Specific phase of sleep to best calm an anxious brain identified

A fascinating new study from scientists at UC Berkeley has homed in on exactly which phase of sleep seems to best keep anxiety levels in check. The research both affirms a causal association between sleep and anxiety, and suggests sleep deprivation lowers activity in the prefrontal cortex, an area of the brain that helps regulate our emotions.

For well over a century scientists have observed a correlation between sleep disruption and mood disorders such as anxiety and depression. Only in the last few years have clear neural mechanisms been discovered helping us understand exactly what our brains are doing when we are asleep, and how physiologically disruptive sleep deprivation can be.

A new study from UC Berkeley has focused more specifically on how sleep can modulate a person’s anxiety levels. Using a number of experimental measures, including polysomnography and functional MRI, the research first found that just one night of sleep deprivation resulted in 50 percent of the study subjects reporting anxiety levels the next day equal to those detected in subjects with clinically diagnosed anxiety disorders.

Imaging the subjects’ brains when watching emotionally-triggering videos revealed sleep deprivation causes a reduction in prefrontal cortex (PFC) activity. The lower the PFC activity, the higher a person’s anxiety levels.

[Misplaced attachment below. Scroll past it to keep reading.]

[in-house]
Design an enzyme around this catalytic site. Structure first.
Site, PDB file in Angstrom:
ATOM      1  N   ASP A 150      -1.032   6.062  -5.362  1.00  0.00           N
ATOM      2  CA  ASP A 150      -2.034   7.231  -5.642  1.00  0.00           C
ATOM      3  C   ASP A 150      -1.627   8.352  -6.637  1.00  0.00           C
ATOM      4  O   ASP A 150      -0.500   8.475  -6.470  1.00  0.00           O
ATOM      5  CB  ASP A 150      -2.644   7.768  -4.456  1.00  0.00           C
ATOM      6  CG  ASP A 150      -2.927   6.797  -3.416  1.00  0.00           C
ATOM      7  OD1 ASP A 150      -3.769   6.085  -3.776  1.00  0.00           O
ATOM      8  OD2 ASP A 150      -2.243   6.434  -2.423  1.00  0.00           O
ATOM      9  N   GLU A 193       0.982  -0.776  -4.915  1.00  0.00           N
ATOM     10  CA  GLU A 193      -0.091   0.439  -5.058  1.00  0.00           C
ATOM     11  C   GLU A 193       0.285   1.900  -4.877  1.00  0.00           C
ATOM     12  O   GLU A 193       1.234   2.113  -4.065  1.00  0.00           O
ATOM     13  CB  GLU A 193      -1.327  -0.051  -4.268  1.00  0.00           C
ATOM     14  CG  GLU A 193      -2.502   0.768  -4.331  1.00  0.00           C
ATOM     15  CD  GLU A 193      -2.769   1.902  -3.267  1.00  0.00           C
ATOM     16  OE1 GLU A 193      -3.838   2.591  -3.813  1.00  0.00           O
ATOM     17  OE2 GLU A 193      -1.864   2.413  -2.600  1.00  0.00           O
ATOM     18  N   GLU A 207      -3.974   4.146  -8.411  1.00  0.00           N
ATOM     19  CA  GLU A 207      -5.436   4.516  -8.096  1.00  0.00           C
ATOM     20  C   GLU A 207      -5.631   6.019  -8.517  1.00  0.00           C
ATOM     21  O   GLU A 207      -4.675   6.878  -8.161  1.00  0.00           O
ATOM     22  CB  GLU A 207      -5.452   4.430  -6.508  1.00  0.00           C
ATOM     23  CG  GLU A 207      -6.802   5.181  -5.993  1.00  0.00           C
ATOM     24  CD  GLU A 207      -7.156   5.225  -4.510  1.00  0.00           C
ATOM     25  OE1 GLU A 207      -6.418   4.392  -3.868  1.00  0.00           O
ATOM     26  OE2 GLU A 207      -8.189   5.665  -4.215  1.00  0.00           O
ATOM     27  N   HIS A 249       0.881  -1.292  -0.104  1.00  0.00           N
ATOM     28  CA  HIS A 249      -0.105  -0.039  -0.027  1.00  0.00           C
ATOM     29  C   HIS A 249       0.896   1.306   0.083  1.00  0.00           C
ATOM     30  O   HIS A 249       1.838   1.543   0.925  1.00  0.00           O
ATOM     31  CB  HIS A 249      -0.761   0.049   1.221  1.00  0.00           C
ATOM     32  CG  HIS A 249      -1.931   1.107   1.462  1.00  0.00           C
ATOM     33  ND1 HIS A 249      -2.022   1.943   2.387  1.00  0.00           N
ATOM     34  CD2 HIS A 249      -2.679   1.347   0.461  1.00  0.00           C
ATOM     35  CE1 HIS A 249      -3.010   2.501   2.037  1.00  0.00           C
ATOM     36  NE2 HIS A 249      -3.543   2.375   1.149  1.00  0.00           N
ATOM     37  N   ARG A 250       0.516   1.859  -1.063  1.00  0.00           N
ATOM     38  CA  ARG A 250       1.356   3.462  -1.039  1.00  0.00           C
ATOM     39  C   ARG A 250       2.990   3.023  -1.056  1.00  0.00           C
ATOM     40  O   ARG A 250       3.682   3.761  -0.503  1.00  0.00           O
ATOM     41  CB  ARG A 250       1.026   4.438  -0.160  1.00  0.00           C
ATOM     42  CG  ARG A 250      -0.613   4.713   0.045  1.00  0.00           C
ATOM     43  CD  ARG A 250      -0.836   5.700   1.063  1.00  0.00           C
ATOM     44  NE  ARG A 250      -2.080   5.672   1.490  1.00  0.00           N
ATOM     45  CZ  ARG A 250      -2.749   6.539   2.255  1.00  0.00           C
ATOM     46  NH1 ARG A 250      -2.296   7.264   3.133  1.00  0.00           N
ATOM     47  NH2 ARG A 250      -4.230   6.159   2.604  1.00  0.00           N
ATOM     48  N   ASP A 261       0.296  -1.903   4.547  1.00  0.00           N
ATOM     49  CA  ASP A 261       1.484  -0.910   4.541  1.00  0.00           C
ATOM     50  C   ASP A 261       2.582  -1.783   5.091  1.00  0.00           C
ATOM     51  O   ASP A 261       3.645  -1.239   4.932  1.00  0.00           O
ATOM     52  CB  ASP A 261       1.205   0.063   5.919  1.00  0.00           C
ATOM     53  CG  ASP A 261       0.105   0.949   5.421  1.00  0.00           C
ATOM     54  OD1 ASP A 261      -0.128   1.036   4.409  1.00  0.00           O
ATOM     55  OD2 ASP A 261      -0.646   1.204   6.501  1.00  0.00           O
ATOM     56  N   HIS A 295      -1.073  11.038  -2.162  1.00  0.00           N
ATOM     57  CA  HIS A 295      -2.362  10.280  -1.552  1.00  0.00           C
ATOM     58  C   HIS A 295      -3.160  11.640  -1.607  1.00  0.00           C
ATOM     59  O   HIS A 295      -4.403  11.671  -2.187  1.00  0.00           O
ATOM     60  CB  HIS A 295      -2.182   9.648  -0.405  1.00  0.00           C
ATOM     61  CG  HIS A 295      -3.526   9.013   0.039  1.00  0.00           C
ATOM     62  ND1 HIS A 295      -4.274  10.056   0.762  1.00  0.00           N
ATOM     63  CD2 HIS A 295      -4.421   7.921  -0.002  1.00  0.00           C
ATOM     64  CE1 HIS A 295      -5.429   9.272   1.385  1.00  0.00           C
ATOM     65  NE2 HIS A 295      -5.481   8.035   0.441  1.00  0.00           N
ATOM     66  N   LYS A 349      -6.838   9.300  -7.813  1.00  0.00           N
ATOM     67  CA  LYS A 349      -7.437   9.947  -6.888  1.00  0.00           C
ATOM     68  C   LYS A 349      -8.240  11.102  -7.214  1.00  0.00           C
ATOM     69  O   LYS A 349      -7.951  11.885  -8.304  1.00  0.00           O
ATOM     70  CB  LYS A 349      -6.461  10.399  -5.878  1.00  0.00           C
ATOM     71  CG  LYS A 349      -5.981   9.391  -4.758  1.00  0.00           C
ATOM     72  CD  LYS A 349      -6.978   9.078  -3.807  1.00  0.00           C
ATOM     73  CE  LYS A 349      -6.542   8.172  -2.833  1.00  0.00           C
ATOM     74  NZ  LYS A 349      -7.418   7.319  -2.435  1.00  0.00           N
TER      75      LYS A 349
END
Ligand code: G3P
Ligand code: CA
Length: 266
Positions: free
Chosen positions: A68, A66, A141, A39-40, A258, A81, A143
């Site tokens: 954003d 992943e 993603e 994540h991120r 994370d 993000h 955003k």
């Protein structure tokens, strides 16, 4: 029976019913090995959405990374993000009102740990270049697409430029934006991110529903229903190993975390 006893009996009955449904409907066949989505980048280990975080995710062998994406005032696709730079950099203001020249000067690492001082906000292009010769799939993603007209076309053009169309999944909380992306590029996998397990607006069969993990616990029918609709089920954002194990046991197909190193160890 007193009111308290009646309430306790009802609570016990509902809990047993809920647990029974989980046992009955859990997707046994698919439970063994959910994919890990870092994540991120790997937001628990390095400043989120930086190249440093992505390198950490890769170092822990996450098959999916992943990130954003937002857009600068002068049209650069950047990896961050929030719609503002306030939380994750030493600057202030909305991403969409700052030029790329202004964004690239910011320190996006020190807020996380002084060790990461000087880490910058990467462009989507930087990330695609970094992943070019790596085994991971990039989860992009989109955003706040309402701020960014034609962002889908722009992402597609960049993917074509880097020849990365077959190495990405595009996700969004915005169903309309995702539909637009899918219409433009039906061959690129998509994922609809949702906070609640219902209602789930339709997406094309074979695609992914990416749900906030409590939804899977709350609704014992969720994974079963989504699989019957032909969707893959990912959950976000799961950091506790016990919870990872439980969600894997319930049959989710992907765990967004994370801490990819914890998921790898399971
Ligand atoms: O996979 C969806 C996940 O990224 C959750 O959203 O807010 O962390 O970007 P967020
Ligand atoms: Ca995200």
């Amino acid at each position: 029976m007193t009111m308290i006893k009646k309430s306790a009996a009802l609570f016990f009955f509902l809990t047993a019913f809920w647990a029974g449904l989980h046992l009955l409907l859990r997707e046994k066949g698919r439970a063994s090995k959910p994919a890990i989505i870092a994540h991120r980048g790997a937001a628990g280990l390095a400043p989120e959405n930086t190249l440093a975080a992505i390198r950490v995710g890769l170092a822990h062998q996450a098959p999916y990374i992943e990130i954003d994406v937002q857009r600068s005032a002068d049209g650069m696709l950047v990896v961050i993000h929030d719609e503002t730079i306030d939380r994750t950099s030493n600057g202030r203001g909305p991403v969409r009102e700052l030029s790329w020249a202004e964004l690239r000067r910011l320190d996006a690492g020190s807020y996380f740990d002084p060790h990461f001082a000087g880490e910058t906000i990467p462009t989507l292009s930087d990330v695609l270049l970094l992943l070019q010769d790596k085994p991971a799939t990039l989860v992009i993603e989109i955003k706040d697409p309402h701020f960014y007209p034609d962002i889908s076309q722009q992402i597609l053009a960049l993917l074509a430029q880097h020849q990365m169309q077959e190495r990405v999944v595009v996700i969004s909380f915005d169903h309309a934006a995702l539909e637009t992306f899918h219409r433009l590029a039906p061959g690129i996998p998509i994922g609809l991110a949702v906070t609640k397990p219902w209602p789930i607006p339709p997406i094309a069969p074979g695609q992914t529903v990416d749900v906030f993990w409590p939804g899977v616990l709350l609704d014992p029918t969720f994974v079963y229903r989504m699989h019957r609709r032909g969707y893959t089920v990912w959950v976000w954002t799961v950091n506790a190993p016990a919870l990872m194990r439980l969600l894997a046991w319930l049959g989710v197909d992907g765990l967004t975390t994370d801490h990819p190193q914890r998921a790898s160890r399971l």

And even more impressively, the researchers managed to specifically home in on the phase of sleep that seems to correlate with better PFC activity the next day. A phase of sleep known as NREM (non rapid eye movement) slow-wave sleep could be directly linked with better subsequent PFC activity and reductions in anxiety.”We have identified a new function of deep sleep, one that decreases anxiety overnight by reorganizing connections in the brain,” explains Matthew Walker, senior author on the new study. “Deep sleep seems to be a natural anxiolytic (anxiety inhibitor), so long as we get it each and every night.”

The research was able to draw a direct line between how much slow-wave sleep a subject completed overnight and their anxiety levels the next day. A larger online survey of 280 subjects revealed small night-to-night changes in sleep quality directly correlated with day-to-day changes in anxiety levels.

“People with anxiety disorders routinely report having disturbed sleep, but rarely is sleep improvement considered as a clinical recommendation for lowering anxiety,” says Eti Ben Simon, lead author on the study. “Our study not only establishes a causal connection between sleep and anxiety, but it identifies the kind of deep NREM sleep we need to calm the overanxious brain.”

Other recent research has affirmed the importance of this particular phase of deep sleep, suggesting it is during this specific cycle that the brain seems to wash itself of the toxic proteins often associated with dementia and Alzheimer’s disease.

Walker also intriguingly hypothesizes a link between an increase in anxiety disorders seen in modern industrialized nations and shorter, more disrupted sleep patterns caused by modern lifestyles.

“… the findings suggest that the decimation of sleep throughout most industrialized nations and the marked escalation in anxiety disorders in these same countries is perhaps not coincidental, but causally related,” concludes Walker. “The best bridge between despair and hope is a good night of sleep.”

The new research was published in the journal Nature Human Behavior.


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